Here it is: Part 2 of my in-depth coverage concerning CDs I bought in the last few months that have bummed me out so much, I’ve considered forming a one-man depressive black metal band complete with album art featuring self-cutting and song titles like “Sad and Feeling Bad – Near a Tree.” Ninety percent of the disc will be whimpering and wind noises.
Speaking of album art, if you could judge a book by its cover this would be Bride of the Centaur. Behold the Malmjesty of a still thin, open silk shirted, hairbreasted guitar god shredding the Duck to the point where it catches fire, endangering his flowing locks. He’s looking out of that cover image at YOU, daring you to talk shit. The liner notes feature a poster of Yngwie under some palm trees next to a ferrari and rockin’ the fuck out. What more could you ask for from a single image? Seriously, may the great Metal Penis in the sky forever drip in anticipation of Yngwie picking up a stringed instrument. May Yngwie forever release the same album over and over again. May a metal afterlife exist, into which Yngwie will be greeted with open arms once he staccatos his last neoclassical overture on this earth. However, may he occasionally serve the role of Halford’s heavenly powerbottom for “Perpetual Flame.”
Though any given Yngling effort is of course a guitar-oriented affair, what makes or breaks his albums for me is the vocalist he chooses to belt out the semi-dumb lyrical content accompanying the shredbath. The only guy I’ve ever been impressed with is Michael Vescera, who truly made it happen on “The Seventh Sign” and “Magnum Opus.” Everyone else has been pretty awful. Including Mr. Tim “Ripper” Owens. It truly boggles the mind that this dude was picked to replace the Metal God himself for “Julgulator” and “Demolition,” two Priest albums I won’t be touching with a ten foot pole. Can I nail down exactly what’s wrong with his voice? Not really. It is warbly (but not Ed Warby). It is annoying. And it just doesn’t do what Malmsteen vocalists need to do – make the neoclassicality come alive to inspire mental images of Bach swordfighting with a druidic dragon. Without someone super-talented behind the mic, it is not possible to give “Perpetual Flame” a high rating. Poor choice, Malmo.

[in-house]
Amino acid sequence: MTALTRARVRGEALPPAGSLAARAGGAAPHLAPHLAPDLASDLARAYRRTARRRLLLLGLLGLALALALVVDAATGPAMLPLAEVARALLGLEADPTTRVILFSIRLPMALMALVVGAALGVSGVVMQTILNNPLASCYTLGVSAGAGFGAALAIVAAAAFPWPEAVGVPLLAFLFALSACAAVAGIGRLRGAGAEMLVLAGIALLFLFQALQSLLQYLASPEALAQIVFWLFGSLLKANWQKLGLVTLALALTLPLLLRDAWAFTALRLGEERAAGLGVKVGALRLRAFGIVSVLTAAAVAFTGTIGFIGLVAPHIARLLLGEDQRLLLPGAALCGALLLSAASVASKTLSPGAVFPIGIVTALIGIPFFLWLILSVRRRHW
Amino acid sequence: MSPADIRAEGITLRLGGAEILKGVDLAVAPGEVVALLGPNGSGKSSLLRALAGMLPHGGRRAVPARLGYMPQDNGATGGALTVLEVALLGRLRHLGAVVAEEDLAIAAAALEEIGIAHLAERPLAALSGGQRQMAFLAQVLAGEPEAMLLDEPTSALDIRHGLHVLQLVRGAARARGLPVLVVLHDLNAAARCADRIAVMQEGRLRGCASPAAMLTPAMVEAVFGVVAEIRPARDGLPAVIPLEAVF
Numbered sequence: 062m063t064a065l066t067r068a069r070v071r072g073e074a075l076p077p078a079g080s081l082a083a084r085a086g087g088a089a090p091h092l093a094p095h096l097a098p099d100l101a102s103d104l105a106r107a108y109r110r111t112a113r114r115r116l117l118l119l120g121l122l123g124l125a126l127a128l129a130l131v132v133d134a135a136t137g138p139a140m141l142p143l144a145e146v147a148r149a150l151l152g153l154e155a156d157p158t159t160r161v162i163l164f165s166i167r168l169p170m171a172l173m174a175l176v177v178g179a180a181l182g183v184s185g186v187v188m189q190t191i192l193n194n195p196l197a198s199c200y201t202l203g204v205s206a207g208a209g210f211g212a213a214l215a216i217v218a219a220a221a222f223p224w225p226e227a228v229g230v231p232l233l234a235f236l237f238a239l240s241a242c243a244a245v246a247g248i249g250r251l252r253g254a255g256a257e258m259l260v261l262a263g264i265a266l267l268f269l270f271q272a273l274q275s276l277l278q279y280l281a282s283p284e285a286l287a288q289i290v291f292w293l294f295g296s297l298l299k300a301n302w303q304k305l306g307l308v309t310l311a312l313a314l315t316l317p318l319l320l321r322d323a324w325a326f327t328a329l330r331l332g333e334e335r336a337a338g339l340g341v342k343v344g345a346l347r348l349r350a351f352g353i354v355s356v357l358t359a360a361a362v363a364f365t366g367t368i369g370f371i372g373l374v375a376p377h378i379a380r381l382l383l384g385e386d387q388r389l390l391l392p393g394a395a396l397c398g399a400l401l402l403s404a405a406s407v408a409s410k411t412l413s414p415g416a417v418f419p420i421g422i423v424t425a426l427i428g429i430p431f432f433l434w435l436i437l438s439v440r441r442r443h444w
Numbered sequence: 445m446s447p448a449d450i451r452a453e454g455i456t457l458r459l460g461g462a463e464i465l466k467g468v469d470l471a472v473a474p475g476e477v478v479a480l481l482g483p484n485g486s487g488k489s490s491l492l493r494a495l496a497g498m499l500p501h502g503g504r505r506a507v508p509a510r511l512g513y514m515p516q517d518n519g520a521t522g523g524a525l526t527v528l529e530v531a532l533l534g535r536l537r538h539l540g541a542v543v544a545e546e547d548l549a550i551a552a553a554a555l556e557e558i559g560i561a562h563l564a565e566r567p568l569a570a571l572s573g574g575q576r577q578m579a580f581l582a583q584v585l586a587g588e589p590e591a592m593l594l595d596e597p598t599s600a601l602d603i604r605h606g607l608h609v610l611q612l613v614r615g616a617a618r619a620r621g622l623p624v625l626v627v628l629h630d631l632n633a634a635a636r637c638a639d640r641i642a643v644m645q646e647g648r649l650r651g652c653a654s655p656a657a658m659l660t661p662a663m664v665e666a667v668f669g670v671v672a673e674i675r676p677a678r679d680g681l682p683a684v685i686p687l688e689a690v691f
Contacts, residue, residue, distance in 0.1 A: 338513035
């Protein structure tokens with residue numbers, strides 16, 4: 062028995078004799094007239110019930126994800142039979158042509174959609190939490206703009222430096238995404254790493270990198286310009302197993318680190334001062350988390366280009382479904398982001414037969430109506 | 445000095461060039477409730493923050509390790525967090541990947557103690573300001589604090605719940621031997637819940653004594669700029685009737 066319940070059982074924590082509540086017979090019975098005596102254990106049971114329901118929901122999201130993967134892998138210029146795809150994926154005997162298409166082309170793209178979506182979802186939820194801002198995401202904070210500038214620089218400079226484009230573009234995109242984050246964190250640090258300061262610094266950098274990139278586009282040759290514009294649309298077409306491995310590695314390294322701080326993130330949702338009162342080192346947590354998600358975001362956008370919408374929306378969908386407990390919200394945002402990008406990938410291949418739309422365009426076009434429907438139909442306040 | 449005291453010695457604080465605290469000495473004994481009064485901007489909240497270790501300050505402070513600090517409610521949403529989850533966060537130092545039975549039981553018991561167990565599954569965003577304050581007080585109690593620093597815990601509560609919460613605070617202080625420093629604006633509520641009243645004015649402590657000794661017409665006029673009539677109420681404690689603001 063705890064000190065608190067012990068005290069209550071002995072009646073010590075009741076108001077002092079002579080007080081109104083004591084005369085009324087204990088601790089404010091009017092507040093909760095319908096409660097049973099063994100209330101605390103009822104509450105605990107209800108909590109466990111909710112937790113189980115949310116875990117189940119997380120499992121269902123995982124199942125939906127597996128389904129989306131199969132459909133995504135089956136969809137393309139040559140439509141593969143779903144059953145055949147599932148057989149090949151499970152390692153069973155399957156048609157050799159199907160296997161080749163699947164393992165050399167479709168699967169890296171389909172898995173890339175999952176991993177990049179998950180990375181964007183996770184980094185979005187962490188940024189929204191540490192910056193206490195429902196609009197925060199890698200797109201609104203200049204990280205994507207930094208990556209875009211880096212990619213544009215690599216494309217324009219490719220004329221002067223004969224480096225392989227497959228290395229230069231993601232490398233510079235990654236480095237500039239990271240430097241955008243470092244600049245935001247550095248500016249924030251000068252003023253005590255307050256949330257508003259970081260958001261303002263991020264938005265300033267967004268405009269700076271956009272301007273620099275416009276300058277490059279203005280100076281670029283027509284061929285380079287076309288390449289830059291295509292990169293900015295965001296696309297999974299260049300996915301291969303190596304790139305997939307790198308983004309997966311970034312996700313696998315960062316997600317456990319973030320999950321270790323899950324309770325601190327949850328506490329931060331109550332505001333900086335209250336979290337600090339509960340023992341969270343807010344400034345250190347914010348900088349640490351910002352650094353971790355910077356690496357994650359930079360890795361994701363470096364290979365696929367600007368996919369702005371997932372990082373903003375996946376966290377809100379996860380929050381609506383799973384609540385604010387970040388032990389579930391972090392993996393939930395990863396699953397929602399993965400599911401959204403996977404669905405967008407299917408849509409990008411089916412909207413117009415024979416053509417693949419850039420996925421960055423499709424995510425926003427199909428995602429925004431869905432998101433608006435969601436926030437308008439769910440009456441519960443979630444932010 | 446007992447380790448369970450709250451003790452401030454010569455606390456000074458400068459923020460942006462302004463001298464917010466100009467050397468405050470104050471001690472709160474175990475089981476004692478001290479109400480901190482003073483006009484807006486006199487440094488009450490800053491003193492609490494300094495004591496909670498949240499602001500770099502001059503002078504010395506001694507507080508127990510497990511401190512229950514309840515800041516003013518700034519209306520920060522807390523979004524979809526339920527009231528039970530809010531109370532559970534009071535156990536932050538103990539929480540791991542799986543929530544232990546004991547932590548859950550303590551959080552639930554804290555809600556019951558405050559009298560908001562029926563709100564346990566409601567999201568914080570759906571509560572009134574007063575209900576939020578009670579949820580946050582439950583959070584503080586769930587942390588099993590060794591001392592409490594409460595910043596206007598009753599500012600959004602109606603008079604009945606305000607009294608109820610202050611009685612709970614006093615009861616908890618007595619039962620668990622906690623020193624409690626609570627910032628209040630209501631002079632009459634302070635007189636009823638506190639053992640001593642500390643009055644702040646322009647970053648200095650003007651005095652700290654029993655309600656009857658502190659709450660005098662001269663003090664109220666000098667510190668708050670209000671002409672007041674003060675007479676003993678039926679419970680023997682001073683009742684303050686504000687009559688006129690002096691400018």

Which is too bad, because everything else seems pretty solid. Production is spot on, the drummer does what little he can do under Yngwie’s watchful eye, and the keyboards sound appropriately goofy. The guitars, sitars, bass, face, triangles and trampolines are all masterfully handled by The Man himself. Yngwie’s no Roy Orbison either, by the way. Not sure who told him he sounded acceptable on “Magic City,” but somehow I doubt there’s much of an oversight/criticism process down at the Rising Force camp.
On the subject of “Magic City,” after Yngwie gets done crooning and tells us he’s going to play the guitar, damn does he play the guitar. One of the most impressive performances I’ve heard out of ze Malmz. Otherwise he cranks out his usual level of impressive six-string dominance throughout “Perpetual Flame.” At some point he is just so good that you grow a bit numb to it though. Not to mention some shreddery sounds deeply similar to any other track you’ve ever heard by Yngwie. Furthermore, I have a sneaking suspicion that he’s listened to Rainbow’s “Stargazer” a few thousand times (haven’t we all?). Over and over again I get the sense that Yngwie is pursuing that song’s same super-epic wizard-on-a-fucken-pyramid-enslaving-my-ass feel. Could be wrong, of course.
Anyway, the inclusion of “Shitter” Owens really ruins this one. I can listen to generic Malmsteen licks all day, but having someone irritating yelp into my ear throughout drops the rating precipitously. If only he brought talent like Attila Dorn on board and took a slightly darker turn with the lyrics – that could be some excellent stuff. Powerful power. Oh well. For now, it seems that he’s “brought” himself on board for vocal duties (and everything else). Now that’s streamlining the hiring process.